This case presents a perfect example of what happens when lay persons exercise their right to draft a legal document. Glenn McCollum sued Robert O'Dell to recover amounts allegedly due on a loan agreement contained in a handwritten document. McCollum claims he loaned the money to a partnership of which O'Dell was a partner. O'Dell maintains that the loan was made to his partner, Basile Antonelli, individually rather than to the partnership. Following a bench trial, the trial court ruled in favor of O'Dell, and McCollum appeals. Because the trial court's ruling rests upon an erroneous legal theory, we reverse and remand.
The record demonstrates that O'Dell and Antonelli formed a partnership for the purpose of opening a restaurant. Although the two men intended to incorporate the restaurant, the paperwork was never completed.
In December 1995, Antonelli and O'Dell executed what purports to be a contract with McCollum. The handwritten document, which was prepared by Antonelli in collaboration with McCollum, stated:
This agreement between Glenn McCollum and Antonelli's Restaurant Inc. is borrowing [sic] the sum of twenty five thousand dollars from Glenn McCollum.
Payment agreement between parties is monthly payment of 650.00 per month starting with the first payment due Jan. 1, 1996 for the total payments of 48 months for total amount of thirty one thousand and two hundred dollars.
Bob O'Dell [signature] On the bottom right of the document was a corporate seal for Antonelli's, Inc.
O'Dell deposited the $25,000 check into the business checking account. The restaurant failed, and McCollum was not repaid. 1
During the bench trial, the parties offered different accounts as to whom the loan was made. O'Dell testified that the loan was to Antonelli, individually. McCollum, on the other hand, stated that he loaned the money to both O'Dell and Antonelli for use by the business. Antonelli agreed with McCollum, testifying that the loan was a business loan rather than a personal loan. According to Antonelli, he thought the business had been incorporated when he signed the contract.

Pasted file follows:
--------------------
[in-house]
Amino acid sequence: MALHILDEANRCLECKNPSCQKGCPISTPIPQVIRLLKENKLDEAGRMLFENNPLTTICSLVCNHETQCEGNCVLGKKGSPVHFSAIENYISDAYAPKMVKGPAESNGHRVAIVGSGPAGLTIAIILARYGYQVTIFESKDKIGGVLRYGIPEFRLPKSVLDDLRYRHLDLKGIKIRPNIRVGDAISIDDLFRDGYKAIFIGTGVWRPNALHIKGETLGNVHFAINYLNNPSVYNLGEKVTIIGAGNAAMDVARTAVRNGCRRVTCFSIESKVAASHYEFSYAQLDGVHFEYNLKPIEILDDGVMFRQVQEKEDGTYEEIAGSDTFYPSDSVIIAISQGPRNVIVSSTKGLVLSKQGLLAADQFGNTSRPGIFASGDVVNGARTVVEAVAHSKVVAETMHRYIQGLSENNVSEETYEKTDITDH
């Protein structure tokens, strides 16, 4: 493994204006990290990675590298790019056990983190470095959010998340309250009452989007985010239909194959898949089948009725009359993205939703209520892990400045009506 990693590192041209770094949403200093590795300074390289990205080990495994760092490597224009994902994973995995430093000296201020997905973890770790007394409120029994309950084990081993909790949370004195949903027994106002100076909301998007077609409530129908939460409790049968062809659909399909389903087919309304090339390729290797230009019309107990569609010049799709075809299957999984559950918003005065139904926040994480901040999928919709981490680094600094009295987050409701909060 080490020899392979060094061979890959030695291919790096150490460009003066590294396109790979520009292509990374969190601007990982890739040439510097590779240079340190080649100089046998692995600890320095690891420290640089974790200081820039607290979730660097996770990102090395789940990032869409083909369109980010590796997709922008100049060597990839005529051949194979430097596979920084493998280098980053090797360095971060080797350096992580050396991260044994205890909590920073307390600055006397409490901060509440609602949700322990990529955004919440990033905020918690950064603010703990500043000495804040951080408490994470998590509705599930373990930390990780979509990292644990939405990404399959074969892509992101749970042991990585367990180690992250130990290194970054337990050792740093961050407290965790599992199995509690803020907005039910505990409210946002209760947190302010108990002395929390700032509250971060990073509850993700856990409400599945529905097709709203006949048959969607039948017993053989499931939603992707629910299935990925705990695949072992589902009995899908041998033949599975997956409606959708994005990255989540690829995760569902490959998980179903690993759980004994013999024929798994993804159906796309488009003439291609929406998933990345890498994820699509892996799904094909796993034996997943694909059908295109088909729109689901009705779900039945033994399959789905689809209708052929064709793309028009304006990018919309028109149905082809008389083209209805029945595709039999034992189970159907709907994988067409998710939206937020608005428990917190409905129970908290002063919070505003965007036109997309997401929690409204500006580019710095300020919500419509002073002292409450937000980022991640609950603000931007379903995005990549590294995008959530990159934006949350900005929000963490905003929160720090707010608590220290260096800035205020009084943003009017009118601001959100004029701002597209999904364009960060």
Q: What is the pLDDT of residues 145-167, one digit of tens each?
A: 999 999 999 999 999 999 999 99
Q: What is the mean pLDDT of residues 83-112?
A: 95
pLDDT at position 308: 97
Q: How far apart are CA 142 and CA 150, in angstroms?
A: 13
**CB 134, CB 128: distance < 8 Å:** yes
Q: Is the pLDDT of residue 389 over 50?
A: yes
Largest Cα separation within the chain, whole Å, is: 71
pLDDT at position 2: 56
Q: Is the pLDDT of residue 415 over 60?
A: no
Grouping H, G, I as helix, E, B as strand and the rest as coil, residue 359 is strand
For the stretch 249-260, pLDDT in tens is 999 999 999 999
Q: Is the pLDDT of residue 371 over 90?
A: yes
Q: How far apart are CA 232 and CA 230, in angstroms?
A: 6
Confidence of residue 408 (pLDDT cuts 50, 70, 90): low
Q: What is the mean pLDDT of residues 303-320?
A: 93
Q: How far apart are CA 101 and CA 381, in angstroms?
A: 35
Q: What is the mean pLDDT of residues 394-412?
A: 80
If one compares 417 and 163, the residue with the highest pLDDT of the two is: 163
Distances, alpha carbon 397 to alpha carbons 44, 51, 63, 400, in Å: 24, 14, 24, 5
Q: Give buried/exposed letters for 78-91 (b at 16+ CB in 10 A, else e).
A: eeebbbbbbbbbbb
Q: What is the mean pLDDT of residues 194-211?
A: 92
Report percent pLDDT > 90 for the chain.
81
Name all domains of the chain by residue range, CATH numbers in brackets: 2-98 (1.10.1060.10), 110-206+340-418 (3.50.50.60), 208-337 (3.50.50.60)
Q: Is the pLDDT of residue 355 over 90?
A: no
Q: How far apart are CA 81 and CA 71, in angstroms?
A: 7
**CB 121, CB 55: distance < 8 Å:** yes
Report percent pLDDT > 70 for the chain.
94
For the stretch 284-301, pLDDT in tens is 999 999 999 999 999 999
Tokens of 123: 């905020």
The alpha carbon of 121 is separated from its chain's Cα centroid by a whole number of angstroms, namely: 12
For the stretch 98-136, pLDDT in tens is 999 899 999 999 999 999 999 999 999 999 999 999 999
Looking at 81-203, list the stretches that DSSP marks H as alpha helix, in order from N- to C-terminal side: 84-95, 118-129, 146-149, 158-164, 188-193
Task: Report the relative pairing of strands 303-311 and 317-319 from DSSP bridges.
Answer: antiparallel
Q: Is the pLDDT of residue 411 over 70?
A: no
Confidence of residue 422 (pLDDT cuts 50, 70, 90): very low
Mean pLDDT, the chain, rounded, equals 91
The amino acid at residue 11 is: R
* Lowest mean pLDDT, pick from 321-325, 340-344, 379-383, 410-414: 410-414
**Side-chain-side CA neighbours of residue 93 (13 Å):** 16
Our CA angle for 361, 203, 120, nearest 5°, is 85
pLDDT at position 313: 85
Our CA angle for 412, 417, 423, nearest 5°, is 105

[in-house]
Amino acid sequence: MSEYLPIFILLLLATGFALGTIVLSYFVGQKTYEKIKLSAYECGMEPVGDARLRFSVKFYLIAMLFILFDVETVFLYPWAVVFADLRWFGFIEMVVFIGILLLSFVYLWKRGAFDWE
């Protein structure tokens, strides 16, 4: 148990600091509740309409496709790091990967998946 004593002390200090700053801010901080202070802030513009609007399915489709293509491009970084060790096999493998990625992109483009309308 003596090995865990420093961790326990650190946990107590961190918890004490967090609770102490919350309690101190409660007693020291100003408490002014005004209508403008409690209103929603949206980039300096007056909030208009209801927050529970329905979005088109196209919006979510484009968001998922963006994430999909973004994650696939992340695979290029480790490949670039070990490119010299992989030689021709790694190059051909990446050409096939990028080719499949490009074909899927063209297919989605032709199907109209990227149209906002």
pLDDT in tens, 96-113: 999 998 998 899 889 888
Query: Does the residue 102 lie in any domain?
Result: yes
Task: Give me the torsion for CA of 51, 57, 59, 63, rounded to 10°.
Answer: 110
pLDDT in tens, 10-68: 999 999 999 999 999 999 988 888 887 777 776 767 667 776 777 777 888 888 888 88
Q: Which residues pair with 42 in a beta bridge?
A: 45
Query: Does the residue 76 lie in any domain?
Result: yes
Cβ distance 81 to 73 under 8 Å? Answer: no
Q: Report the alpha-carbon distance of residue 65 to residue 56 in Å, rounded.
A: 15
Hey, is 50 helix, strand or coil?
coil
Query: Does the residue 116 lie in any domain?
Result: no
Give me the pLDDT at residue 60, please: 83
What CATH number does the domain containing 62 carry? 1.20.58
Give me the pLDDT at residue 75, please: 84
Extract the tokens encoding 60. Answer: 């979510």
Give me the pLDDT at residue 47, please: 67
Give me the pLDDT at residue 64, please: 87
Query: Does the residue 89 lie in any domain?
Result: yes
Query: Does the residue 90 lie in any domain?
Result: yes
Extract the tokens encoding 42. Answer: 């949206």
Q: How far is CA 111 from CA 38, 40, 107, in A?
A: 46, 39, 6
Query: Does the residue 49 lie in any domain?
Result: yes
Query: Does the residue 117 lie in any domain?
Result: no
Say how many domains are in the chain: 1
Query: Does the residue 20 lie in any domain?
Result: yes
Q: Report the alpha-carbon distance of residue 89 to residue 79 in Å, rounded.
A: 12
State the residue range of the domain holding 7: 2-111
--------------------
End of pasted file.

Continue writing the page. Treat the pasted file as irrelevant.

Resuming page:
The trial court found in favor of O'Dell. In its order, the court noted that the contract, which appeared to be between McCollum and Antonelli's Restaurant, Inc., did not specify that O'Dell agreed to borrow or repay the money. The court further found that O'Dell
testified he signed the document only in a corporate officer capacity. There is a corporate seal for "Antonelli's Inc." embossed on the right bottom corner of the document, supporting [O'Dell's] assertion. [O'Dell] testified that he had paid an attorney to incorporate the business and believed it was incorporated at the time he signed the document, although he learned later the attorney had failed to perform the incorporation.
Finally, the trial court noted O'Dell's trial testimony that he had put more money into the business than his partner, Antonelli, and that the loan was Antonelli's contribution to support the business. For these reasons, the trial court concluded that McCollum had "not met his burden of proving by a preponderance of the evidence that [O'Dell] was obligated for this loan."
1. In his first enumeration of error, McCollum contends that the trial court erred in its factual findings. Specifically, McCollum argues that the trial court erred in finding that O'Dell (1) believed that the business had been incorporated when he signed the contract; and (2) signed the contract only in his capacity as a corporate officer. We agree.